- Depending on the project, preliminary or investigatory works can be excluded from a referral to the Minister for approval under the EPBC Act.
Deciding whether a project needs approval under the Commonwealth Environment Protection Biodiversity Protection Act 1999 (EPBC Act) will depend, to some extent, on how the project is described.
So what should you include, and what can you exclude, when referring your project proposal to the Minister to make this decision?
The Federal Court decision in Your Water Your Say v Minister for the Environment, Heritage and the Arts  FCA 670 suggests that preliminary or investigatory works can be excluded from a referral. However, proponents should not treat this as a green light to exclude works from a referral, because many of the Court's comments are case-specific.
In this article, we comment on the case and what the Court said, and compare it with an earlier decision on the EPBC Act, to work out what the case law so far is saying to proponents.
We also comment on what the Court said about dealing with the greenhouse impacts of a project.
The Federal Court decided that preliminary investigatory works for the proposed Victorian desalination plant raises a number of interesting issues. First, the distinction between preliminary works and matters referred under the EPBC Act is an important one as once a matter is referred no action can be undertaken in relation to the referred matters (section 74AA). Less attention was given by the Federal Court to the submission that there was a requirement to take into account linkages between greenhouse gas emission and potential adverse impacts on matters protected under the EPBC Act.
The desalination plant
Your Water Your Say is an action group formed primarily to oppose a reverse osmosis seawater desalination plant proposed by the Victorian government. The desalination project was referred to the Commonwealth Environment Minister for determination as to whether the project (or "action") was a "controlled action" (ie. whether it required approval) under the EPBC Act.
On 4 February 2008 the Minister (via his delegate) decided that the project was a controlled action because it triggered the approval requirement under several provisions (known as "controlling provisions") and determined that the project would be assessed by accredited assessment under Victorian legislation. The assessment process is at the public comment stage and so it is not yet in a position for the Minister to decide whether to grant approval.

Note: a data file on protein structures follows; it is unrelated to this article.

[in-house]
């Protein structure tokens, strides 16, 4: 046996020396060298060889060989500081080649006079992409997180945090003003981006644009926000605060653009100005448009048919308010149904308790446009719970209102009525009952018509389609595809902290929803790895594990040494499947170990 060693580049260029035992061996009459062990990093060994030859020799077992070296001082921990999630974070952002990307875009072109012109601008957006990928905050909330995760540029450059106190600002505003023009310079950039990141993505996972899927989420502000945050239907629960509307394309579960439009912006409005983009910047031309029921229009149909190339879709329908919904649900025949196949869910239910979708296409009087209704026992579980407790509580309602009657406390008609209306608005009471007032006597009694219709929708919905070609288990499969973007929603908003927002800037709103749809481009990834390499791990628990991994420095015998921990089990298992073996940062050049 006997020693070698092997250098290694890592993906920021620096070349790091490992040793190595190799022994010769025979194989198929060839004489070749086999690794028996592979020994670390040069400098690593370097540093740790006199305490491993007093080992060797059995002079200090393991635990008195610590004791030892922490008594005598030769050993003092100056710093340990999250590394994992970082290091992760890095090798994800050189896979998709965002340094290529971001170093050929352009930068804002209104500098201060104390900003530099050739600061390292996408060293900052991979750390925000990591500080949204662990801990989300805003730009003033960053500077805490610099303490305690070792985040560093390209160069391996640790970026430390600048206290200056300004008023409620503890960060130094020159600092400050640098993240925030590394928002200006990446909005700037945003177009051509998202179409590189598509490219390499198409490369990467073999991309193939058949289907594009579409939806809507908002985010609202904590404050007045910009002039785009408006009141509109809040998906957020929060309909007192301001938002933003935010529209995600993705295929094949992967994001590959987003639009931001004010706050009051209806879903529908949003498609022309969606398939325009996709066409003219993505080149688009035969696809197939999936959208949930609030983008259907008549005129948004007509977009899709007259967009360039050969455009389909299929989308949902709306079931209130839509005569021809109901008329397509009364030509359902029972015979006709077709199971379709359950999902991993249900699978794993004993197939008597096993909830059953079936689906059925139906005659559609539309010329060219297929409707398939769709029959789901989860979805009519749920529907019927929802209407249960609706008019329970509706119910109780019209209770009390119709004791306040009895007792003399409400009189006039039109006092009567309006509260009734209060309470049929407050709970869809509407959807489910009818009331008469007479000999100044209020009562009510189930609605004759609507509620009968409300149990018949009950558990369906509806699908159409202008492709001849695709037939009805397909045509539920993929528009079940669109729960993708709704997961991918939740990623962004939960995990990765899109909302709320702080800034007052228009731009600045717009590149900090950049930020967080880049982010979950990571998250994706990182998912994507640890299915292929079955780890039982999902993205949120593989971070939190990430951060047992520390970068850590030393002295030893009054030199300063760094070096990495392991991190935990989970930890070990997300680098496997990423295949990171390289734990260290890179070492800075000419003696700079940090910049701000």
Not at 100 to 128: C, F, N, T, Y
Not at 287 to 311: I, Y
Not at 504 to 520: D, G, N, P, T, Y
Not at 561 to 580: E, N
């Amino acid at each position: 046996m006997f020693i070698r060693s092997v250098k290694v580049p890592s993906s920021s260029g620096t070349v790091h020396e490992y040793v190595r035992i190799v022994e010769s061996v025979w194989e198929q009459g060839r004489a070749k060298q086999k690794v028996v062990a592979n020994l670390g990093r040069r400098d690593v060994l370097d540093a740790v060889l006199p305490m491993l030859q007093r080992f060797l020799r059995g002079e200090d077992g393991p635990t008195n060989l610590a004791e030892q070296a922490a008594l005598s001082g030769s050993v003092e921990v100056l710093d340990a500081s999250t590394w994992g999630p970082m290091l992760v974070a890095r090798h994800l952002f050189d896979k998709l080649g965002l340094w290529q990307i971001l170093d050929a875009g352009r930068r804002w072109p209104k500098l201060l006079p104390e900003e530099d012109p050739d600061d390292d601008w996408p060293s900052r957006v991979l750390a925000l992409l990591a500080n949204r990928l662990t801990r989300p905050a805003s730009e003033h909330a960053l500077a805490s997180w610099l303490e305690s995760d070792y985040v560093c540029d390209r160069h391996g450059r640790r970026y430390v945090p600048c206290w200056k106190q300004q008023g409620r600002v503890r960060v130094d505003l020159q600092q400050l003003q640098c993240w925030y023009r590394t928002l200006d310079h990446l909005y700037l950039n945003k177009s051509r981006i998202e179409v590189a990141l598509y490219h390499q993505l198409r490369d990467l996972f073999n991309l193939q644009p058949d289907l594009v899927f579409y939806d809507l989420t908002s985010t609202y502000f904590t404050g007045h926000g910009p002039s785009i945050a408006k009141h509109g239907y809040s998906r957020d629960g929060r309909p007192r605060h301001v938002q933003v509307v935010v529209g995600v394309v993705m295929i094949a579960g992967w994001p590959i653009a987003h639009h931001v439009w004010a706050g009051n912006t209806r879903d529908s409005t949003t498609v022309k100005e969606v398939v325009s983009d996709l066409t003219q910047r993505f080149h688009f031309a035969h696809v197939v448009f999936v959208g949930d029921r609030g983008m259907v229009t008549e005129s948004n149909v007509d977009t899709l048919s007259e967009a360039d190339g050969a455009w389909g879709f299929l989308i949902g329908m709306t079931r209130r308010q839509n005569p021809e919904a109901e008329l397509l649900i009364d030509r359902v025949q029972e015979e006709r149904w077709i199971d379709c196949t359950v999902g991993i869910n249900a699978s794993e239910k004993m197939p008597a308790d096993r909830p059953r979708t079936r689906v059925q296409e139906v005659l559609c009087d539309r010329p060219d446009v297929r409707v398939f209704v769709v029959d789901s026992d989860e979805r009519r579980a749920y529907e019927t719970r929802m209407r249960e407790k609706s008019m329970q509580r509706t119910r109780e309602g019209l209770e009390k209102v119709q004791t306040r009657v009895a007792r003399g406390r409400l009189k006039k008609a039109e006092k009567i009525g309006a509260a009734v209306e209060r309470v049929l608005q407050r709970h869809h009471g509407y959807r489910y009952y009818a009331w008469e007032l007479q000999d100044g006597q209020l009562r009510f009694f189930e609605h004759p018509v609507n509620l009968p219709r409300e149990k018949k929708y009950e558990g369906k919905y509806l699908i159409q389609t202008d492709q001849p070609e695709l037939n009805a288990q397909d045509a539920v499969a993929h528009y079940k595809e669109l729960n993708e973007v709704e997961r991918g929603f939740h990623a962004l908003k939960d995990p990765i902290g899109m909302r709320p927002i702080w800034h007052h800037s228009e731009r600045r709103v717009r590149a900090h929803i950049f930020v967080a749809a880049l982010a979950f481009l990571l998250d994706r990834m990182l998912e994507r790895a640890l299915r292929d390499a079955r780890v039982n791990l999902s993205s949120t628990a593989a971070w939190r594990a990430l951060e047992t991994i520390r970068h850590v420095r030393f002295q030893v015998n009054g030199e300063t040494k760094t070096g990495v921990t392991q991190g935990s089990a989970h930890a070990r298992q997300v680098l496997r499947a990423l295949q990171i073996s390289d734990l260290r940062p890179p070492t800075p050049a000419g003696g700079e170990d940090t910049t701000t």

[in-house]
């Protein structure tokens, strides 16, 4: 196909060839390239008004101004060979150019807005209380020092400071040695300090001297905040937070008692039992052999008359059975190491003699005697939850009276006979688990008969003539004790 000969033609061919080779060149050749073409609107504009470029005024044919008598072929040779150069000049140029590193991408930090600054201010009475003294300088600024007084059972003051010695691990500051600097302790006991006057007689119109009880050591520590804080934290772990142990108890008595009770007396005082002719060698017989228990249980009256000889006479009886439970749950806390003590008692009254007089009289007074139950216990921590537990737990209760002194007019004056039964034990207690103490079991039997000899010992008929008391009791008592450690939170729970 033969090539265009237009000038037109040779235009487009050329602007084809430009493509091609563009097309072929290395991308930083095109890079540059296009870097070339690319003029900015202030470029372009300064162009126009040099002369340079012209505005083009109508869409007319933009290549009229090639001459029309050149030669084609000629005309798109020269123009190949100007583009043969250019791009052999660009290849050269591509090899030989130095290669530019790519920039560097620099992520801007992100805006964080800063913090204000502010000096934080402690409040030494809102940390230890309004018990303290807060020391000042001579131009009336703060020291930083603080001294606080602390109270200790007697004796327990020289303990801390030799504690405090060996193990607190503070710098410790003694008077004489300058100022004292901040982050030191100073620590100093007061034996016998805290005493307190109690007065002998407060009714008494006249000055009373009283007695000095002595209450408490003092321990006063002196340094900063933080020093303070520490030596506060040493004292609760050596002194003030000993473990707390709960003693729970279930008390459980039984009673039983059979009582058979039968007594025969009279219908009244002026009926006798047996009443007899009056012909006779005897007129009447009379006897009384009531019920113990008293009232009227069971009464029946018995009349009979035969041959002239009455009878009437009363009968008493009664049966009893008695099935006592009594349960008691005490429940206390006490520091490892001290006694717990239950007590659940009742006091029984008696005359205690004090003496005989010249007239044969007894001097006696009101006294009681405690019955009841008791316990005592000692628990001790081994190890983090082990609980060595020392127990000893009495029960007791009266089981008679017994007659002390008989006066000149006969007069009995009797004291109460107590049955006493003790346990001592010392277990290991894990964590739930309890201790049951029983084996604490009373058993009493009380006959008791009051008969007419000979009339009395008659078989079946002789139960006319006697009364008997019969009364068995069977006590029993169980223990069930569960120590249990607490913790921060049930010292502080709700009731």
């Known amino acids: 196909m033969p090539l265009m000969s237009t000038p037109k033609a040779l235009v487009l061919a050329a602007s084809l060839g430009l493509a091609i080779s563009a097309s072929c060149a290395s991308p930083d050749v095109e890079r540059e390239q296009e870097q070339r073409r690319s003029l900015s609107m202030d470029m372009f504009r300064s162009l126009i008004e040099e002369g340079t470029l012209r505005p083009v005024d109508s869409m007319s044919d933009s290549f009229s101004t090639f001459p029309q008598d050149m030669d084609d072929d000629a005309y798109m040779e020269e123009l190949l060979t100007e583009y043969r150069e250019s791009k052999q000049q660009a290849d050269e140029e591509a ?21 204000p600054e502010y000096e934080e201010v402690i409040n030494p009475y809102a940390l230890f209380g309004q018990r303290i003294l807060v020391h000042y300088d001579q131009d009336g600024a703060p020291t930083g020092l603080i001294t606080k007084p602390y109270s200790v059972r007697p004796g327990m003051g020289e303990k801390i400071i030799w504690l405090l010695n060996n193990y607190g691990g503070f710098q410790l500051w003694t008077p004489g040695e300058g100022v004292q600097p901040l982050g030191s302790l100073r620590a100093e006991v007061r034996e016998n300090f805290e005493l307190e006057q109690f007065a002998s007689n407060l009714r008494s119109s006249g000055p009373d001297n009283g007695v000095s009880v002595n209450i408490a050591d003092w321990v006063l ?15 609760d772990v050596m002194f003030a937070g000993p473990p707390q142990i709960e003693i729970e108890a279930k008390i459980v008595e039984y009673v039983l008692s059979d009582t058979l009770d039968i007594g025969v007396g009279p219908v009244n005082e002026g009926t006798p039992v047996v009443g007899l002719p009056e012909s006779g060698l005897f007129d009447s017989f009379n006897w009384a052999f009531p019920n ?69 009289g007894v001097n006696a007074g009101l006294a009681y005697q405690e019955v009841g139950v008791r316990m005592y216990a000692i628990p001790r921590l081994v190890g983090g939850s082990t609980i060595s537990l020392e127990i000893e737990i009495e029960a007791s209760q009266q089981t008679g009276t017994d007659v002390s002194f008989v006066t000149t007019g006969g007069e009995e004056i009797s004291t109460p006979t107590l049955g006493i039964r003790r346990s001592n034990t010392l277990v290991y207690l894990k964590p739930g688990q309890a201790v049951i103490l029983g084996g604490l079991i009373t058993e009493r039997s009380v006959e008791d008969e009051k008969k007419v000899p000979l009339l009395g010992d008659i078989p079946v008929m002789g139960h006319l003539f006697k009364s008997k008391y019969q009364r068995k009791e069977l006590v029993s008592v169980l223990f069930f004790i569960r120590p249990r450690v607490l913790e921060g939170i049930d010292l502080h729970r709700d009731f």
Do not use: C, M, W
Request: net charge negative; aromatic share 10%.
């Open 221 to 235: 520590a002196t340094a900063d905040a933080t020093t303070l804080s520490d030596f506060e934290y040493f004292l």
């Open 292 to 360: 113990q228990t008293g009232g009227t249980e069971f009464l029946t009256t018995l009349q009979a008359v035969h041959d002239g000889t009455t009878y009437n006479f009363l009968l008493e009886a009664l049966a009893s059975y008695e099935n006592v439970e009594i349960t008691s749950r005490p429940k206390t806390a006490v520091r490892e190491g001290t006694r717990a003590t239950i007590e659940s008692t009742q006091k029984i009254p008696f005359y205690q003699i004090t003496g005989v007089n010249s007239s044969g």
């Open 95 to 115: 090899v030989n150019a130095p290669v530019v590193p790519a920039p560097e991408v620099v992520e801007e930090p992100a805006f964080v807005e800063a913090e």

Exclusion of preliminary works from the referral
This matter arrived before the Federal Court because Your Water Your Say challenged the decision by the Minister's delegate which noted that a number of preliminary works were excluded from the scope of the referral.
The preliminary works were listed as: geotechnical drilling and sampling to determine site conditions; installation of pipes into horizontal directional drill holes from onshore entry points; construction of offshore marine structures above the seabed for seawater intake and discharge; construction and temporary operation of seawater sampling units; installation and operation of one or more pre-treatment and/or desalination pilot plants; provision of power and water supply that is adequate for the construction and operation of the works.
The Your Water Your Say Action Group requested reasons for this decision. The delegate provided a written response on 6 March 2008. The response concluded that, in the view of the proponent, the preliminary works were unlikely to have any significant environmental effects on matters of national environmental significance. With regard to greenhouse gas emissions, the reasons stated that a possible link between the greenhouse gases arising from the proposed project and adverse impacts on matters protected by the EPBC Act was "uncertain and conjectural only".
Application to review Minister's decision
The Your Water Your Say Group argued that the Minister's decision about whether the project required approval (and which provisions triggered the requirement - ie. which were relevant "controlling provisions") was invalid on two bases:
- it wrongly excluded the preliminary works; and
- it failed to take into account linkages between greenhouse gas emissions and potential adverse impacts on matters protected by the EPBC Act.
The Group also argued that the preliminary works themselves required approval under the EPBC Act, and so they should be referred to the Minister.
The Group sought an injunction restraining the commencement of the preliminary works, making four main arguments:
- There was a "decision" by the Minister (via his delegate) to exclude preliminary works;